Longitudinal Study on the Impact of CSE Training on one Local Authority Children's Service

The Client’s Need

JustWhistle had been commissioned to deliver a range of training on various issues relating to child sexual exploitation (CSE) and abuse for a local authority which included their children’s services teams, licensing, CSE team, elected members and corporate teams. With the client making such a large investment in training for a substantial amount of people, this gave us the opportunity to develop a longitudinal study which would examine the impact of the training courses on the day and then explore how much of that new knowledge was retained after six months. This research design enabled the local authority to really consider what the return on investment was and what long term impact training was having on the practice, knowledge and attitudes of their workforce.

The importance of understanding long-term impact of CSE training

There are many assumptions that underpin why an organisation, authority or group would deliver CSE training to its workforce, some of which need much further exploration. Those assumptions include the argument that awareness is as good as knowledge; that learning for one day around a complex topic will equip professionals to change their practice and improve their responses to children. Another assumption might be that once professionals have this knowledge, they can influence practice and disseminate the learning to others. Another assumption might be that professionals who complete an evaluation form at the end of a day of training saying they learned a lot, will retain that new knowledge and be able to change their practice. A final assumption could be that training can challenge individuals’ long-held attitudes, prejudices or preconceived thoughts or understanding of complex issues.

These remain assumptions in many cases because there are very few longitudinal follow up studies or knowledge tests with professionals after CSE training has taken place. Because of this, those who commission and run training can find it difficult to accurately measure what long term impact their training has had. We believe that follow-up studies to measure long term impact are critical in the future effective commissioning of CSE/CSA training.

As an example of this problem, Bovarnick and Scott (2017) recently conducted a review of the evidence pertaining to sex education and CSE awareness sessions with children. It is widely accepted that if children attend workshops or assemblies about sex, relationships and CSE they then have the information and knowledge they need to influence their relationships and keep themselves safe. However, a review of the literature did not confirm this. Not only was the data very difficult to interpret because the majority of organisations delivering awareness work in this area do not always conduct any follow-up and therefore have no data on what impact they had – but the findings from the meta-analysis clearly showed that the sessions have little to zero impact on behaviours, outcomes or abuse of children. Instead, the sessions were shown to result in a temporary increase in knowledge but longitudinal follow up was so rare, it was hard to know whether the sessions had any impact going forward.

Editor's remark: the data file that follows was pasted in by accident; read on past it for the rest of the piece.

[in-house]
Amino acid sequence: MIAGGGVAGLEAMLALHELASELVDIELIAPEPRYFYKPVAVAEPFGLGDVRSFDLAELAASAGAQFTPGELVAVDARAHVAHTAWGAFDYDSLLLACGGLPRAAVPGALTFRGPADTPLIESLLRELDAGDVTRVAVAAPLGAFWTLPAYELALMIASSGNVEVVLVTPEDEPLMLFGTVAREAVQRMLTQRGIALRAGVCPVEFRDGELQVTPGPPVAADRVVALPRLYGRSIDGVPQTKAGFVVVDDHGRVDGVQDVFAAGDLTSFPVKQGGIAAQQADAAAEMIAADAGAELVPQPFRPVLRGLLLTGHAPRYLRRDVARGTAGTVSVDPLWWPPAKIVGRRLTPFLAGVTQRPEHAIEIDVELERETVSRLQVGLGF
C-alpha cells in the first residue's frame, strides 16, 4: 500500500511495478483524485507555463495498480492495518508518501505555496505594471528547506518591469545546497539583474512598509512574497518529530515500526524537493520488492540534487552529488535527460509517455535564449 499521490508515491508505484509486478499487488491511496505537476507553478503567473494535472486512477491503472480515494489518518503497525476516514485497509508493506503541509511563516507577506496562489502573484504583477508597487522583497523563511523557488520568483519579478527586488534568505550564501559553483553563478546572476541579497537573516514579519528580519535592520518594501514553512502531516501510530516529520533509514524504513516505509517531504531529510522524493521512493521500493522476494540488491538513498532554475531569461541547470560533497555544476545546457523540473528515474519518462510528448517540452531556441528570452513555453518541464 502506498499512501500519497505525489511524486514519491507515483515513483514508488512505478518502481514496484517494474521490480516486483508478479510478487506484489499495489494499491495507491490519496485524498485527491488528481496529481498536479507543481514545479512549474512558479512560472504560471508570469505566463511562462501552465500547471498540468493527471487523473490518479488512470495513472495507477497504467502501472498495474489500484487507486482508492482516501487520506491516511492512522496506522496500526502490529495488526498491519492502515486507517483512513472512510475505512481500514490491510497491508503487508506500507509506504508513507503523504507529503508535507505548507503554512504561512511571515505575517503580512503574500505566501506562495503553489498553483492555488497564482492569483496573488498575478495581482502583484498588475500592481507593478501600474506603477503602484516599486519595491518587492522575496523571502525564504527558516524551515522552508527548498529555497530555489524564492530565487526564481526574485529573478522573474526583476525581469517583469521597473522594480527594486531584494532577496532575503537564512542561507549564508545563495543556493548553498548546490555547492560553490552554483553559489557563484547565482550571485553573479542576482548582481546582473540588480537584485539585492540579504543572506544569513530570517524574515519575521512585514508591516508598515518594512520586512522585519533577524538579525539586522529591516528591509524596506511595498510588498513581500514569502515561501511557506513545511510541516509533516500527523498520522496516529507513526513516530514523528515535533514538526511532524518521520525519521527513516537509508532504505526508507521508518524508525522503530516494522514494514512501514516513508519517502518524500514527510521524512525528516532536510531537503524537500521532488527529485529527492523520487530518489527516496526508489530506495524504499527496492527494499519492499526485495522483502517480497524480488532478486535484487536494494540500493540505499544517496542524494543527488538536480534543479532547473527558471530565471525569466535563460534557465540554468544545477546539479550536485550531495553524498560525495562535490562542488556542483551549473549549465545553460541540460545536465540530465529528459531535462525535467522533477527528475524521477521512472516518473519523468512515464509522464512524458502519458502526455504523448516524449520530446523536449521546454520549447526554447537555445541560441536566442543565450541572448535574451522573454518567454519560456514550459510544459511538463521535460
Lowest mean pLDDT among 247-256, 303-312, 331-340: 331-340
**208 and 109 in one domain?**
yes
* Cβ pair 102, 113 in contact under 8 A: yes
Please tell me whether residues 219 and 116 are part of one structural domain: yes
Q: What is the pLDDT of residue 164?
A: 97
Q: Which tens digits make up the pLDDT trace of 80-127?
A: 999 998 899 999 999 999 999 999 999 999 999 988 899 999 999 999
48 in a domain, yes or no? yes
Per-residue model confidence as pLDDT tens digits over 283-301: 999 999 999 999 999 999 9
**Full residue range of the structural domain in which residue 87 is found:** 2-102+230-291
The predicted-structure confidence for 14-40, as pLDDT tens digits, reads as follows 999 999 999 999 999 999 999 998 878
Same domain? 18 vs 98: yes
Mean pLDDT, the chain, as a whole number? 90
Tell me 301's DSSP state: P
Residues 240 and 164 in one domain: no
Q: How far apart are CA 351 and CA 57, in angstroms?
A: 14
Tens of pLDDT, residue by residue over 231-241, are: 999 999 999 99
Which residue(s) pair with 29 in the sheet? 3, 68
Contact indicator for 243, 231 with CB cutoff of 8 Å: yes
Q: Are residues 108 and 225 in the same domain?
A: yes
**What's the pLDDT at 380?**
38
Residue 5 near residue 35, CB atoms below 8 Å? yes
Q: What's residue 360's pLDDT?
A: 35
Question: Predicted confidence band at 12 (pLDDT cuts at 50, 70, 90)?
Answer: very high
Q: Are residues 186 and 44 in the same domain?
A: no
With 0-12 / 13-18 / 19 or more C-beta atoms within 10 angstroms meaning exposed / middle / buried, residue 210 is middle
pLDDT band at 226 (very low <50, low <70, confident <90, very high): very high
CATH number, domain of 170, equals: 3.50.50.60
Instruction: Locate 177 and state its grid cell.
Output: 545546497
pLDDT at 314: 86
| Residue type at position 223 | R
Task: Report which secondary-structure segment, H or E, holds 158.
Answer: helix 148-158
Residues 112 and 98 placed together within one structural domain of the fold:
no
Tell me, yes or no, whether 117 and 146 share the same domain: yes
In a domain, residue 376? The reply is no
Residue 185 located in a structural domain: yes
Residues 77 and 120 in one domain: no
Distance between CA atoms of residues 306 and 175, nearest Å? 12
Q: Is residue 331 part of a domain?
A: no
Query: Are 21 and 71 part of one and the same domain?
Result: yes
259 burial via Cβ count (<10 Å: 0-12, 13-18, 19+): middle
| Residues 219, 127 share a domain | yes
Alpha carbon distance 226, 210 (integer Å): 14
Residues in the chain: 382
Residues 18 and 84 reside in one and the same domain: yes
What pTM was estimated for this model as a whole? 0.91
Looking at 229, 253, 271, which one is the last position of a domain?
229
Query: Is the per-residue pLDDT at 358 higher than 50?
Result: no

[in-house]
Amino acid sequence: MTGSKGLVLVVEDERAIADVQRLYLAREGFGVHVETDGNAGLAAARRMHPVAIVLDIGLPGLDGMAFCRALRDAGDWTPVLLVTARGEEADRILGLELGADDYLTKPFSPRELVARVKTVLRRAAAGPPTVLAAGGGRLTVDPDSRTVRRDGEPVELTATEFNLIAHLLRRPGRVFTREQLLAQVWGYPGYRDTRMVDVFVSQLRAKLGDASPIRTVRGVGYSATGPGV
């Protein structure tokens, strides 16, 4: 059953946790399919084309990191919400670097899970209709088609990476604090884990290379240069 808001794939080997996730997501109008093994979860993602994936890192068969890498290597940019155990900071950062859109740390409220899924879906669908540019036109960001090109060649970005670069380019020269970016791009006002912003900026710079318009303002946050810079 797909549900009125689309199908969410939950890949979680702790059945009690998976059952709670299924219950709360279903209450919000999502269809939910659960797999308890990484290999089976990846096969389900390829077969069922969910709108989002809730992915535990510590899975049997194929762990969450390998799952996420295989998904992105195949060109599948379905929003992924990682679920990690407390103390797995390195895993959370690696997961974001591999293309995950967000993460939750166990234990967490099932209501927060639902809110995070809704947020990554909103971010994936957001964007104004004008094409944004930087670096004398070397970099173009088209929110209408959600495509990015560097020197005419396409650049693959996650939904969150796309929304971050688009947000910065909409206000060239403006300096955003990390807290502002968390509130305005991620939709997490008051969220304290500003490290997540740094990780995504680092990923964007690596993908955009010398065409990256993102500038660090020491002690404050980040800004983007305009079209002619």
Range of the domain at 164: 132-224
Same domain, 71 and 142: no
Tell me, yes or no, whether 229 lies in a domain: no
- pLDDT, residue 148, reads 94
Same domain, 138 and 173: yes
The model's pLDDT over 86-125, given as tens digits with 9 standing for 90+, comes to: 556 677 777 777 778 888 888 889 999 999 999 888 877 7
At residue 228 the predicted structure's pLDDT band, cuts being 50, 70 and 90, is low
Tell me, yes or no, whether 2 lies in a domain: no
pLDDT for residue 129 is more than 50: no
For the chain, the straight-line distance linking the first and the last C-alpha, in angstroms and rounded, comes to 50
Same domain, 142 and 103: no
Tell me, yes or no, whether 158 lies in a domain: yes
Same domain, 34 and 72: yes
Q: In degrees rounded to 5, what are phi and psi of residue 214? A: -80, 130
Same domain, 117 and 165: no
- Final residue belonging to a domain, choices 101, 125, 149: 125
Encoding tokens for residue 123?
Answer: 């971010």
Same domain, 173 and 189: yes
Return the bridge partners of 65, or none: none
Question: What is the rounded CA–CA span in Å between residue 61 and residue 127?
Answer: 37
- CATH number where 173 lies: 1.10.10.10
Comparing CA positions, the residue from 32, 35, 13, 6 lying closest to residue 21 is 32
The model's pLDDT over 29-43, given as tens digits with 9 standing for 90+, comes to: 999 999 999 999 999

Ultimately, lack of good evaluation and research means that training and awareness raising could be having little impact, or even a detrimental impact and we wouldn’t know. This is why the type of evaluation we have conducted is so important to anyone commissioning training.

Our Report – Long term Impact of CSE Training on a local authority children’s service

We trained 280 professionals across the Authority with a number of different roles and responsibilities who completed the initial evaluations after each course. Six months later, 38 professionals then took part in the anonymous online survey.

Some key findings from the report include:

  • On completion on the day of the training, professionals reported that they would change their practice by reducing victim blaming, being more alert to CSE, challenging poor practice and working in a more child-centred approach.
  • Six months after the training ended, professionals confirmed a reduction in victim blaming of children in their practice, an increased knowledge of CSE and a conscious movement towards child-centred practice which valued self-efficacy of the child
  • Professionals also reported a confusion surrounding the age of consent, a tendency to blame parents and carers for the exploitation of children and a feeling of being powerless to change or implement better practice in their CSE work

Please download the full report below and get in touch to let us know your thoughts or if you would like to discuss training with us.

Click to download the full report here:
Impact of CSE Training on Children’s Services

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